Your resume/CV, combined with a LinkedIn profile, is your best introduction to someone who could be a key influencer in your career transition and advancement.
Here are the top 13 Executive Resume errors to avoid in order to attract the maximum intrigue and impact.
- Stating Your Age
A hiring authority has no right to know your age due to various country-based statutes and anti-discrimination legislation, so don’t place your age on your resume.
- Unprofessional Email
There is no excuse to have an email address that doesn’t epitomize your professionalism. Some emails have been highly embarrassing and instantly make me question that person’s ability to remain professional in their business dealings. It’s so easy today to set up a professional email address using the free services providers (primarily Gmail) within a few minutes.
If you have to have numbers in your email due to running out of options with your name, don’t use your year of birth. Steer clear.
- Personal Pronouns
It’s too common to see the words “I”, “my”, “her” or “she” in a resume. Leave them out, there is no place for them in a resume/CV.
- Graphics, Charts, Headers/Footers and Photographs
A resume is rarely read by human eyes today. It is scanned into an Applicant Tracking System (ATS) where it is processed. Any graphic, chart or photograph within the body of the resume distorts the application’s programming and interferes with the elements required to search for your talent. Therefore, your resume will be bypassed even though you may be the perfect candidate.
Any text within a header or footer is never transcribed by the ATS. If your name, address and contacts are in a header, these vital details will be eliminated.
- Poor Grammar and Spelling
There are no excuses today for typos with the advent of spell check. Even so, you should always have your resume reviewed by peers, friends or family. One mistake can raise a red flag and create doubt about your attention to detail, time management and your interest in the position.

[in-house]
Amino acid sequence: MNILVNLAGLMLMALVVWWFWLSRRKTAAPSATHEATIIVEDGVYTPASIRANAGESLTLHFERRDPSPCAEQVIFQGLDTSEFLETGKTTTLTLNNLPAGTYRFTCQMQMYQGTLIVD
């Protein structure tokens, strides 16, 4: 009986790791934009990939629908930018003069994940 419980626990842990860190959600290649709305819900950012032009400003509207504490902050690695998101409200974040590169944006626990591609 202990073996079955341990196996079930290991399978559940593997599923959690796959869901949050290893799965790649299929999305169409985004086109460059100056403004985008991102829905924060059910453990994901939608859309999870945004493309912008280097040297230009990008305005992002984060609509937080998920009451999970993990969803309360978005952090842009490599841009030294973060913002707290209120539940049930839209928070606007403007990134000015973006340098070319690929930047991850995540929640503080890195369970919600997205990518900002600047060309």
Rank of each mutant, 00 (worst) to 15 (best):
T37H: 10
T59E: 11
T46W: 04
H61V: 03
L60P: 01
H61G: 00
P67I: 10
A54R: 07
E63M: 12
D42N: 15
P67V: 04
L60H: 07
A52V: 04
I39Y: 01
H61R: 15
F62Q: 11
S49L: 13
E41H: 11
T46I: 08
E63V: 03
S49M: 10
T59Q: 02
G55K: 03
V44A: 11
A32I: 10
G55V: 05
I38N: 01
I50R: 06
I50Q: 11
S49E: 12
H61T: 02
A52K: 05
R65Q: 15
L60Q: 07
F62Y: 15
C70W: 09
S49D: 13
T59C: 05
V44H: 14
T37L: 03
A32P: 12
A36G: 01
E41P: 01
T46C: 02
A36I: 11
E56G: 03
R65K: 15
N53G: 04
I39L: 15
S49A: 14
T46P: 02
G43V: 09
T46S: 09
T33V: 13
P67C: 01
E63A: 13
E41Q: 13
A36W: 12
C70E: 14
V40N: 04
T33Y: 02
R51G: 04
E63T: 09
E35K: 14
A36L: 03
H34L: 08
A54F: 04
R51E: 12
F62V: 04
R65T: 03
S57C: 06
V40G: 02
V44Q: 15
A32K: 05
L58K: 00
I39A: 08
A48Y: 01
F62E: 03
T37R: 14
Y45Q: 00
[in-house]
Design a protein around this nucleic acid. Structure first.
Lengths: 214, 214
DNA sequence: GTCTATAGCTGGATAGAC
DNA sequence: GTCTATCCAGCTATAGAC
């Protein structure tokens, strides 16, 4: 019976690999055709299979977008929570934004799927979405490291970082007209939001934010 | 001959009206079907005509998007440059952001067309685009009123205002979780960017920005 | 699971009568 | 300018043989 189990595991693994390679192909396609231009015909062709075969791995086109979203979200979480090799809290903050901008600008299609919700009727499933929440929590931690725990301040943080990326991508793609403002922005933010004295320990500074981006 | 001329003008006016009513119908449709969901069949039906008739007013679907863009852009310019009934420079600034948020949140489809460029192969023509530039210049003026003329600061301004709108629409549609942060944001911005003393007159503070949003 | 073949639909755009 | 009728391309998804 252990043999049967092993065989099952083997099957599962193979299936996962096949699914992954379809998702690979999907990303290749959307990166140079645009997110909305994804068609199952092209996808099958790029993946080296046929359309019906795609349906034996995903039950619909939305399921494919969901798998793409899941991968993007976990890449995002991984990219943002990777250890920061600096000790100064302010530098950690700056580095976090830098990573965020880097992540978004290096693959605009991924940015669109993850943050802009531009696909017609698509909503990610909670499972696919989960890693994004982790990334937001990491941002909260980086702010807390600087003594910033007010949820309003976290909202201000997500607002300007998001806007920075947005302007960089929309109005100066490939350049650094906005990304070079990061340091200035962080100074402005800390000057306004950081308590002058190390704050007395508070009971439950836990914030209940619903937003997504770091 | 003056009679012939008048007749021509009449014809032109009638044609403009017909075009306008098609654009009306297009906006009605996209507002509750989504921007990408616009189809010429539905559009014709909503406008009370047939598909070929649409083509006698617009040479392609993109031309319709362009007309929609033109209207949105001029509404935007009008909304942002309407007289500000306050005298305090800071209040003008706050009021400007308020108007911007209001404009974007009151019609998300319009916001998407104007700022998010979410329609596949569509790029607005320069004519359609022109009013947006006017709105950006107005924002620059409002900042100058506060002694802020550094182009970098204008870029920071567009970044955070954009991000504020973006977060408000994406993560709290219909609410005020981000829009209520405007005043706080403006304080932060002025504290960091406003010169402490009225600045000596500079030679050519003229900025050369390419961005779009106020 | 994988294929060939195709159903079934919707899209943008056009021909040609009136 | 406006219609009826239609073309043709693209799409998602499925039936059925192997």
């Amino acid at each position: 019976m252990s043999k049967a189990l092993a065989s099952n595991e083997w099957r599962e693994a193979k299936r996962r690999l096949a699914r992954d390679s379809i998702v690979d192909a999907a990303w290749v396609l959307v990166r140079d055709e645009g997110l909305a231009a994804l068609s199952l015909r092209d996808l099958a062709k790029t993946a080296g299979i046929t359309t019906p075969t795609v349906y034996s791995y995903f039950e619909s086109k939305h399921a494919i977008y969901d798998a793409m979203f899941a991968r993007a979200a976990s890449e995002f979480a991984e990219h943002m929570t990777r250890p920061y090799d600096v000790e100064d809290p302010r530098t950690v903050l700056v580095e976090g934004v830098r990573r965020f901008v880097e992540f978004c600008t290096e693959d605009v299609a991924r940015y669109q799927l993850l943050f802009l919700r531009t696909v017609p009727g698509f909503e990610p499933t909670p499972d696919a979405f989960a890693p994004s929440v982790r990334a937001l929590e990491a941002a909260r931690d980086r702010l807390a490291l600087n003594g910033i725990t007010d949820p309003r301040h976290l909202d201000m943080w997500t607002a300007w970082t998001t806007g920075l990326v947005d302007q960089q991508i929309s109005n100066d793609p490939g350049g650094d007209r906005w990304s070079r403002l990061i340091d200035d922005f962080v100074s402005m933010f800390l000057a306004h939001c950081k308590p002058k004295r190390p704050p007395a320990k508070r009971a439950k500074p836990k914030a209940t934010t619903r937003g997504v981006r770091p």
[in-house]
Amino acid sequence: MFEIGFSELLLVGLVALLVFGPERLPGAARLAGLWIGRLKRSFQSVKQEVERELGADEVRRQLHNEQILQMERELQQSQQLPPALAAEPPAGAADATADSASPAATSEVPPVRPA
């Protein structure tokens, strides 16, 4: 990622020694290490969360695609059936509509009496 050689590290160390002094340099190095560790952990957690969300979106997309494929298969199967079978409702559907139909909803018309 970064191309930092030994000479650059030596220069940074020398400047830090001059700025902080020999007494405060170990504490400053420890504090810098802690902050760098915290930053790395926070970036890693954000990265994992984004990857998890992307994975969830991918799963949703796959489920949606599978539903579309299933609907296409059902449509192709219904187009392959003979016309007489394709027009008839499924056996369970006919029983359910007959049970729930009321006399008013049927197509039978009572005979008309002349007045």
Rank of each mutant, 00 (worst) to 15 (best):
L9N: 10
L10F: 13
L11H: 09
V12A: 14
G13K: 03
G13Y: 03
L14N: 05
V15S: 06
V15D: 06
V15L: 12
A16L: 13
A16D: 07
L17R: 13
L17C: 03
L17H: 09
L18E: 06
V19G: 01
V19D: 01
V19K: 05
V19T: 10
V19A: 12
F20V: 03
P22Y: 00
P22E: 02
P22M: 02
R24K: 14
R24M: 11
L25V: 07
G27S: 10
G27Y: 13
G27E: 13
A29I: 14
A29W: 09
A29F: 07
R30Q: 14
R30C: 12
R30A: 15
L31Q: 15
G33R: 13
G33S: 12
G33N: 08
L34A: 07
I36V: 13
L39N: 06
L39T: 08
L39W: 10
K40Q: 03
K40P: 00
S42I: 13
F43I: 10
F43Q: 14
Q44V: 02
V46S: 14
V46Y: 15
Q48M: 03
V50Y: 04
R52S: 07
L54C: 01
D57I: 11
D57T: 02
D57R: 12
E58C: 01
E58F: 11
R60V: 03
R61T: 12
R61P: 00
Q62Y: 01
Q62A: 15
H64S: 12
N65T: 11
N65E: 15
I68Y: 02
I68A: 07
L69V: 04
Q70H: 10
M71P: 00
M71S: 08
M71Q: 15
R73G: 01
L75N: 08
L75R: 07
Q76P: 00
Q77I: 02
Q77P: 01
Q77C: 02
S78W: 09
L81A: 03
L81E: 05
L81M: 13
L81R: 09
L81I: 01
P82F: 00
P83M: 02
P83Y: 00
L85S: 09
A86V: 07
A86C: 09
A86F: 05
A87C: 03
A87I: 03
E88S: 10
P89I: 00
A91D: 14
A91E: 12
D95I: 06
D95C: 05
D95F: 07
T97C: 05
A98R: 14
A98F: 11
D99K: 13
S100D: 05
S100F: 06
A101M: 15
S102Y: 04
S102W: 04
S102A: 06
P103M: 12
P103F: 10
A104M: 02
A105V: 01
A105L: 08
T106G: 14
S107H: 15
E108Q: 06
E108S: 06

MS Word offers you a choice of so many fonts. Your choice of font is another resume component that should be regarded seriously. Times New Roman and other sans serif fonts are dated and should generally be avoided. However, you should also steer clear of the squiggly, fancy and calligraphy style fronts. Theses are difficult for the human eye to read, but even more difficult for the ATS scanning.
You have just a few seconds to impress. Select an easy to read, standard font such as Arial, Calibri, Garamond, Helvetica or Georgia.
- Incorrect Tenses
Show your current employer in the present tense and the rest in the past tense. If you have not worked for a while, use the past tenses. Don’t mix up tenses as this causes confusion, and again shows your limited attention to detail.
Leave your reference list for later. You will be asked for references as you advance in the recruitment process. Also avoid writing “References Available on Request” in the resume. It’s a waste of space and dates you by over a decade!
- Hobbies, Interests and Family
A resume is a business document. A career decision maker is not interested in your personal life and what you do outside of work hours, although, work-life balance is encouraged. Eliminate your marital status, number of children, and other personal details.
There are some exceptions. One client had climbed Mt Everest, Mt Kilimanjaro and other high peaks. Another had placed in the Top 100 of the London, New York, Chicago, Miami and other marathons. These accomplishments show the reader many positive traits about the candidate.
Don’t pigeonhole yourself from the start and damage your negotiating position. You don’t need to address the sensitive topic of your current or future salary intentions from point zero. Compensation discussions should commence closer to the final recruitment stages when you do have to be open and clear.
- Reasons for Leaving Past Employers.
Too many people highlight the reasons for leaving their previous employers. You do not need to include reasons, especially if you have been fired. At an interview, you may be asked about the reason for leaving a past employer, but eliminate this unneeded detail out of your resume.
- Failing to List Your Performances, Accomplishments
We are in a performance-driven society where your record of delivering accomplishments is a differentiator and paramount to you being hired. A career decision maker isn’t interested in your responsibilities, apart from the number of direct and indirect staff managed, CapEx and OpEx budgets, and P&L.
Failure to have numerous accomplishments in the resume will count you out!
- Ineffective and Weak Personal Brand
What is your personal brand? Have you defined your personal brand? So many have no clue what their unique promise of value is, their differentiator. If I was in a hiring position, why should I choose you over the competition?
Craft and articulate your personal brand in your resume, LinkedIn profile, e-mail signature and other social media accounts.
One error in either the format or content will decrease your opportunity to be called for an interview. Why mess it up because you are unaware how to write a resume? This is a skill.